Jump to ContentJump to Main Navigation
Addiction and ChoiceRethinking the relationship$
Users without a subscription are not able to see the full content.

Nick Heather and Gabriel Segal

Print publication date: 2016

Print ISBN-13: 9780198727224

Published to Oxford Scholarship Online: November 2016

DOI: 10.1093/acprof:oso/9780198727224.001.0001

Show Summary Details
Page of

PRINTED FROM OXFORD SCHOLARSHIP ONLINE (oxford.universitypressscholarship.com). (c) Copyright Oxford University Press, 2021. All Rights Reserved. An individual user may print out a PDF of a single chapter of a monograph in OSO for personal use. date: 18 October 2021

How a stigmatic structure enslaves addicts

How a stigmatic structure enslaves addicts

(p.409) Chapter 22 How a stigmatic structure enslaves addicts
Addiction and Choice

Beth Burgess

Oxford University Press

To tackle addiction effectively, society must confront stigma against addicts, which pervades at both an individual and an administrative level, and which reinforces addiction rather than resolves it. This chapter illustrates how addiction may stem from a wider problem: a “vicious cycle of suffering” fed by socioeconomic factors. The chapter argues that discriminatory attitudes and punitive policies are short-sighted and paradoxical, since they make it harder for addicted people to return to society as healed and contributing individuals, and that current practices also fail to break the wider cycle and prevent addiction from ever taking root. The author asserts that society should be held, in part, accountable for an addict’s choices, and that responsibility for recovery and prevention should be shared between the individual and the system that has hitherto judged, rather than helped, people who have usually been exceedingly vulnerable throughout their entire lives.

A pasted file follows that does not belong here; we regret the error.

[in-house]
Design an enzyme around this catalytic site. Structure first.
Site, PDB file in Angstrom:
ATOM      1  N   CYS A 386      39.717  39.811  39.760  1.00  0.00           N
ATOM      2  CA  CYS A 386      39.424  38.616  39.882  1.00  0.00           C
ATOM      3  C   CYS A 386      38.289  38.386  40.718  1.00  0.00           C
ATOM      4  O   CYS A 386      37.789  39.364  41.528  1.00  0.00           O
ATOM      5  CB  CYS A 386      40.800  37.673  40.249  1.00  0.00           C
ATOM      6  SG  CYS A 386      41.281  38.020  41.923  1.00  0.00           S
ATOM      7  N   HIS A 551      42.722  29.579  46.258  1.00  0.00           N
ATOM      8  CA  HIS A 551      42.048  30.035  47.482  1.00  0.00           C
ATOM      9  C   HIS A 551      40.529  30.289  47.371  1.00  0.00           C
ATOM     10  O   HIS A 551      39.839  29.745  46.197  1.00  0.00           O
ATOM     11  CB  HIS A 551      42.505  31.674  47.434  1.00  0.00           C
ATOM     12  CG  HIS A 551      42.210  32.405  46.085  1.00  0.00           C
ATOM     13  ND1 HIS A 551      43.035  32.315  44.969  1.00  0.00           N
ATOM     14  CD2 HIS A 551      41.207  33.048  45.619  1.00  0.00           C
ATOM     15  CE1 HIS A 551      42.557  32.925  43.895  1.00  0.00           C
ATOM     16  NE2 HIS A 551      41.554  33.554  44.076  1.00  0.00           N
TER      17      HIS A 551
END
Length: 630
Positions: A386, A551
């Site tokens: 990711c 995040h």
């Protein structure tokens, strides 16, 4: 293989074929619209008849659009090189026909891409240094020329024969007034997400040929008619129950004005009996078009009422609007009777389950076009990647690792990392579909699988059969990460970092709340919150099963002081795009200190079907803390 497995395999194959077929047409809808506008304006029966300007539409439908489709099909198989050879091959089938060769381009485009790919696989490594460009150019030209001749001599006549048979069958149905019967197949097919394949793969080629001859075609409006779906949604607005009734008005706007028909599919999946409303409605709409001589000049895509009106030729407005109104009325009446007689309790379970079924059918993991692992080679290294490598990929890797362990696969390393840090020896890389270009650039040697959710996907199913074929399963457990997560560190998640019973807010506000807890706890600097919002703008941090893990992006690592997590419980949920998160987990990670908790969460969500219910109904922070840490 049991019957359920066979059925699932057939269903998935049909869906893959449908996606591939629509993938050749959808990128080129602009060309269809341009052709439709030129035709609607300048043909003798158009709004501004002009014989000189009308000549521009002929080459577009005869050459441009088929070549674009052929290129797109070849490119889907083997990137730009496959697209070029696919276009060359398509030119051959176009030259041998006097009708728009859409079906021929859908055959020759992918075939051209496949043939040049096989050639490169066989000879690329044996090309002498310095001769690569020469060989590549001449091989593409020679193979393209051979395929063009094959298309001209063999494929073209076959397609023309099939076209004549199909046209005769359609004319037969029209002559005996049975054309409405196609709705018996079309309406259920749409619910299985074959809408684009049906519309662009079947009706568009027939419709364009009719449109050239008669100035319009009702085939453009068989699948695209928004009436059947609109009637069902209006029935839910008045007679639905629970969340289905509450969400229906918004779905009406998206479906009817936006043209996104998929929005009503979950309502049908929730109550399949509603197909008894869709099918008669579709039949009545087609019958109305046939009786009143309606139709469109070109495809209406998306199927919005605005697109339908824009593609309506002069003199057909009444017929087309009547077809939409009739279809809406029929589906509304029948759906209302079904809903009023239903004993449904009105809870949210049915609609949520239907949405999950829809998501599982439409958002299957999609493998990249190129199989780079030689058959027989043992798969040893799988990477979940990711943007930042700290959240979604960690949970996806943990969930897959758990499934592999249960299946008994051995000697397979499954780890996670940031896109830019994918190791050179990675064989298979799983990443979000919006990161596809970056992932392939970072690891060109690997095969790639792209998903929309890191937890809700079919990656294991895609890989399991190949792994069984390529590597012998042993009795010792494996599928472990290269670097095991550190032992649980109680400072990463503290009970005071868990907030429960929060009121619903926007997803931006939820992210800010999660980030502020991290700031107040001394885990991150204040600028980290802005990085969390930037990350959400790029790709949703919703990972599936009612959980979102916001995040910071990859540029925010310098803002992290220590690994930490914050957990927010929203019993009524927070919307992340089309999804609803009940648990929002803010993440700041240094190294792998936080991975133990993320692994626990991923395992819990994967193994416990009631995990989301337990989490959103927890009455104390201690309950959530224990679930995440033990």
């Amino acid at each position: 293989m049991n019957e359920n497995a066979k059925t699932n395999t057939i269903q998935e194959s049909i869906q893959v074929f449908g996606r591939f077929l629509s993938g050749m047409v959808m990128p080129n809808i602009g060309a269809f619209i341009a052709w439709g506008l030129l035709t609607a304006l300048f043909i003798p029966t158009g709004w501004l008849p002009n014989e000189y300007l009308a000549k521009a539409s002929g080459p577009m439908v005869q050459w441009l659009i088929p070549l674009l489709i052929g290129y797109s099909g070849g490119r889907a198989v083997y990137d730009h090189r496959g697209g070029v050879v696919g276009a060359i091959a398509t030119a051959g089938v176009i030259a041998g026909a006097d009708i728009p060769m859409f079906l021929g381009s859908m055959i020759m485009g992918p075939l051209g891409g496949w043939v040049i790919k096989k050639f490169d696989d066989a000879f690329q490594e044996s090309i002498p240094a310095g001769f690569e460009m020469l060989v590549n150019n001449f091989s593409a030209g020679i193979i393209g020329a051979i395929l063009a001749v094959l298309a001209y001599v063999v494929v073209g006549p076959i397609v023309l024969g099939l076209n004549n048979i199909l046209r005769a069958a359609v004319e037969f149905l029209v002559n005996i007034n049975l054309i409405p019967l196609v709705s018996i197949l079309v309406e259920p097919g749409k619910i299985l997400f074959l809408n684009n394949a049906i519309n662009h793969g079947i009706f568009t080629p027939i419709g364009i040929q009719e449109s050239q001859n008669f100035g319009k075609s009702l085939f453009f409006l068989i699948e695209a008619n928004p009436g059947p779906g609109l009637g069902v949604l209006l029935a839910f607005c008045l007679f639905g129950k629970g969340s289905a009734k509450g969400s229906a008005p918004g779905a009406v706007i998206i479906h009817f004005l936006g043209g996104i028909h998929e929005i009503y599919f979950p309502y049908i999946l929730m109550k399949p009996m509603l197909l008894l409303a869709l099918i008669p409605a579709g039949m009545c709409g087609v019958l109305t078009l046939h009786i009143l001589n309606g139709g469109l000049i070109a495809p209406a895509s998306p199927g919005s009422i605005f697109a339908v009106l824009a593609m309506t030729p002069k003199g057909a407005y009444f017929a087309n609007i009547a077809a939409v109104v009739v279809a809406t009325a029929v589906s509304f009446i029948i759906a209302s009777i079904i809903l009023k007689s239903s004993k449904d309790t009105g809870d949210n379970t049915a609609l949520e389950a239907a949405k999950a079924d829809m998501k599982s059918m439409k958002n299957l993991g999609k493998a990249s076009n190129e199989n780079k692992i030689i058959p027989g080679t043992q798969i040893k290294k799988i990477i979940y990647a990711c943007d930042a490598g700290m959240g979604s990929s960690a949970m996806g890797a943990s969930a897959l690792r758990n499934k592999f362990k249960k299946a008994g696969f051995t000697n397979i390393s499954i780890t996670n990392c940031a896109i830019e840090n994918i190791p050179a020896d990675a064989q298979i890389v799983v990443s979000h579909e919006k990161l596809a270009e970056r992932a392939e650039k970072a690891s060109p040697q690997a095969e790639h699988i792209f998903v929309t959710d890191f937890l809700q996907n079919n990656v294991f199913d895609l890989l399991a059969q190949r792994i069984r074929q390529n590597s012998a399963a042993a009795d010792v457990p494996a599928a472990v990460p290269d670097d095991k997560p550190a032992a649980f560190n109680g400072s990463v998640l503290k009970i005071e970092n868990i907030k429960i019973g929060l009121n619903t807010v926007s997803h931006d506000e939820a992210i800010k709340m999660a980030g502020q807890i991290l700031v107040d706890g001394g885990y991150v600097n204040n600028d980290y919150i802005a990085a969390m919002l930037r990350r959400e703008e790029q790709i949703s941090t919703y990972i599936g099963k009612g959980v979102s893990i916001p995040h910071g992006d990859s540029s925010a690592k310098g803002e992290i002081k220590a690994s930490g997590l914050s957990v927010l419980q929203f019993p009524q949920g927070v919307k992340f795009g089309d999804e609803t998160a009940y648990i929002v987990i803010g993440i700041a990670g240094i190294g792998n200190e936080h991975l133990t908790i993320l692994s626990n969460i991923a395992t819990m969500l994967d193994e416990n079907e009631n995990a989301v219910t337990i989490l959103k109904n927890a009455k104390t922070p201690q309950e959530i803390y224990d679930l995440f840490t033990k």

Keywords:   stigma towards addicts, cycle of suffering, socioeconomic factors, recovery, prevention

Oxford Scholarship Online requires a subscription or purchase to access the full text of books within the service. Public users can however freely search the site and view the abstracts and keywords for each book and chapter.

Please, subscribe or login to access full text content.

If you think you should have access to this title, please contact your librarian.

To troubleshoot, please check our FAQs , and if you can't find the answer there, please contact us .